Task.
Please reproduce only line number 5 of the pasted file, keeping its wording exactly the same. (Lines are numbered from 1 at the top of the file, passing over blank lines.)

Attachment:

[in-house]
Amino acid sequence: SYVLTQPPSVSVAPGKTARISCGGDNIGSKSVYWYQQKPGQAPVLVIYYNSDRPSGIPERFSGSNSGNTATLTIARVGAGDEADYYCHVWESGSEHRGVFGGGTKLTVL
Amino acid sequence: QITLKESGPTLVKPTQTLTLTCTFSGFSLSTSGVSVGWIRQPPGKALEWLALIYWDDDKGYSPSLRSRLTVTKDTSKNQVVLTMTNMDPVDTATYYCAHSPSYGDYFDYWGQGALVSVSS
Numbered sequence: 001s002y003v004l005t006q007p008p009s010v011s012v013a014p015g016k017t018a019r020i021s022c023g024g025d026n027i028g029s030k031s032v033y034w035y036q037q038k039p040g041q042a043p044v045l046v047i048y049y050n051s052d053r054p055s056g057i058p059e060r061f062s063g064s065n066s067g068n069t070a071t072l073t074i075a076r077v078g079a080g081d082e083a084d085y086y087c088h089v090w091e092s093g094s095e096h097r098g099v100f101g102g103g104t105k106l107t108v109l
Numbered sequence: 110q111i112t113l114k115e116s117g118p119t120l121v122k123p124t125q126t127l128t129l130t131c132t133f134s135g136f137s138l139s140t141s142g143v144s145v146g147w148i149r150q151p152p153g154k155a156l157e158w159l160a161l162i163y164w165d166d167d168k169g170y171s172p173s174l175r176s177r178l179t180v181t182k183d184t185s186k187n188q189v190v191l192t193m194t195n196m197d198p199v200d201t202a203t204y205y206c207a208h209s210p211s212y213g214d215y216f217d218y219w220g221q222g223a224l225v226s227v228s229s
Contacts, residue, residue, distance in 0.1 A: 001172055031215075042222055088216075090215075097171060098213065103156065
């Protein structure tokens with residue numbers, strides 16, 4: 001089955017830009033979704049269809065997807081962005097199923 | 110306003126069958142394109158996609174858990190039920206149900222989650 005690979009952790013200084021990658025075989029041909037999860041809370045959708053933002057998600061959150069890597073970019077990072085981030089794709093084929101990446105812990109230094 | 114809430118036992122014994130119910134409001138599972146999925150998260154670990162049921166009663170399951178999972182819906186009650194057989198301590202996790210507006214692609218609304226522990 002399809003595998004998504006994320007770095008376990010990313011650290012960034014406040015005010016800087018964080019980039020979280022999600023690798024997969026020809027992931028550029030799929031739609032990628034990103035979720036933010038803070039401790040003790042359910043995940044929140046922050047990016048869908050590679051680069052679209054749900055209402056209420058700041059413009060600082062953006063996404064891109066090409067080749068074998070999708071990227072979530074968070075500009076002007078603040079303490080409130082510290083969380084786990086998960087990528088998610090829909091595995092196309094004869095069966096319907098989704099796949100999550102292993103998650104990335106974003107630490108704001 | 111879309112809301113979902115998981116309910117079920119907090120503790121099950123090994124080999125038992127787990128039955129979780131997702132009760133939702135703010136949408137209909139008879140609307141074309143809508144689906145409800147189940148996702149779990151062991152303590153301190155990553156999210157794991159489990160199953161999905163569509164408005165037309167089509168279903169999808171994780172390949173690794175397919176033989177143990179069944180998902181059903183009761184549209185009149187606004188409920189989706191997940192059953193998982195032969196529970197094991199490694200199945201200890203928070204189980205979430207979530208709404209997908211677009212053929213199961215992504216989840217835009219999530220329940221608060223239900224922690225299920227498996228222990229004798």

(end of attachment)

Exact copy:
Numbered sequence: 110q111i112t113l114k115e116s117g118p119t120l121v122k123p124t125q126t127l128t129l130t131c132t133f134s135g136f137s138l139s140t141s142g143v144s145v146g147w148i149r150q151p152p153g154k155a156l157e158w159l160a161l162i163y164w165d166d167d168k169g170y171s172p173s174l175r176s177r178l179t180v181t182k183d184t185s186k187n188q189v190v191l192t193m194t195n196m197d198p199v200d201t202a203t204y205y206c207a208h209s210p211s212y213g214d215y216f217d218y219w220g221q222g223a224l225v226s227v228s229s